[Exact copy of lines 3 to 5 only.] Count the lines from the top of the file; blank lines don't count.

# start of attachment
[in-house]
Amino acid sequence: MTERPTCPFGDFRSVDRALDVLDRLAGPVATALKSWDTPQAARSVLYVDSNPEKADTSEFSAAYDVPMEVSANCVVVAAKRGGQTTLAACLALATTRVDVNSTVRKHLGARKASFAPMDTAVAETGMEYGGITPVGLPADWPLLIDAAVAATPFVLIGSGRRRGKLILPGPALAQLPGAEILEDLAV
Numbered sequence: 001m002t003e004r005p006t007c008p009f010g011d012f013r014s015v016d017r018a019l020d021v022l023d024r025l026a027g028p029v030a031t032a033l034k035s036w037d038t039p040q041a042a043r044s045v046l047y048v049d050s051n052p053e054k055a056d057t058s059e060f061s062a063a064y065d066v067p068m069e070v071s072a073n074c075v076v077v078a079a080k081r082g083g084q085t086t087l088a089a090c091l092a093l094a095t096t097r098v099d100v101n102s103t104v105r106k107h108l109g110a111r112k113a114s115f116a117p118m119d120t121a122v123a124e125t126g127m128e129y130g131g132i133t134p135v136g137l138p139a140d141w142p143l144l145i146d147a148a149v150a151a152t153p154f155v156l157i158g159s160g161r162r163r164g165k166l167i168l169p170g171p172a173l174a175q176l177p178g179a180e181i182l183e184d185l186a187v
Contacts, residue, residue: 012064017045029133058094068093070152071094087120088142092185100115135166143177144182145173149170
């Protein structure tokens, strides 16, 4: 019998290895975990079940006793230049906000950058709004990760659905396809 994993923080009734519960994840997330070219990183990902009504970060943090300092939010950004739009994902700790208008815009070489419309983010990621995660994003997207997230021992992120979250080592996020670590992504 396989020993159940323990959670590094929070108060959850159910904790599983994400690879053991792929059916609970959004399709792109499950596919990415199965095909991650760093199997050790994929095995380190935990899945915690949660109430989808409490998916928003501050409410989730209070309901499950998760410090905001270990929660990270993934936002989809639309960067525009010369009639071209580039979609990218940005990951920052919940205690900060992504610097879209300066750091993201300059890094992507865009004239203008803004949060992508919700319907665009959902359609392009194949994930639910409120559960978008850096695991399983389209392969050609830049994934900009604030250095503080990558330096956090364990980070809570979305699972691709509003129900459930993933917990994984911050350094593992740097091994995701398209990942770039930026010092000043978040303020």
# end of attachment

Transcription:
Numbered sequence: 001m002t003e004r005p006t007c008p009f010g011d012f013r014s015v016d017r018a019l020d021v022l023d024r025l026a027g028p029v030a031t032a033l034k035s036w037d038t039p040q041a042a043r044s045v046l047y048v049d050s051n052p053e054k055a056d057t058s059e060f061s062a063a064y065d066v067p068m069e070v071s072a073n074c075v076v077v078a079a080k081r082g083g084q085t086t087l088a089a090c091l092a093l094a095t096t097r098v099d100v101n102s103t104v105r106k107h108l109g110a111r112k113a114s115f116a117p118m119d120t121a122v123a124e125t126g127m128e129y130g131g132i133t134p135v136g137l138p139a140d141w142p143l144l145i146d147a148a149v150a151a152t153p154f155v156l157i158g159s160g161r162r163r164g165k166l167i168l169p170g171p172a173l174a175q176l177p178g179a180e181i182l183e184d185l186a187v
Contacts, residue, residue: 012064017045029133058094068093070152071094087120088142092185100115135166143177144182145173149170
């Protein structure tokens, strides 16, 4: 019998290895975990079940006793230049906000950058709004990760659905396809 994993923080009734519960994840997330070219990183990902009504970060943090300092939010950004739009994902700790208008815009070489419309983010990621995660994003997207997230021992992120979250080592996020670590992504 396989020993159940323990959670590094929070108060959850159910904790599983994400690879053991792929059916609970959004399709792109499950596919990415199965095909991650760093199997050790994929095995380190935990899945915690949660109430989808409490998916928003501050409410989730209070309901499950998760410090905001270990929660990270993934936002989809639309960067525009010369009639071209580039979609990218940005990951920052919940205690900060992504610097879209300066750091993201300059890094992507865009004239203008803004949060992508919700319907665009959902359609392009194949994930639910409120559960978008850096695991399983389209392969050609830049994934900009604030250095503080990558330096956090364990980070809570979305699972691709509003129900459930993933917990994984911050350094593992740097091994995701398209990942770039930026010092000043978040303020």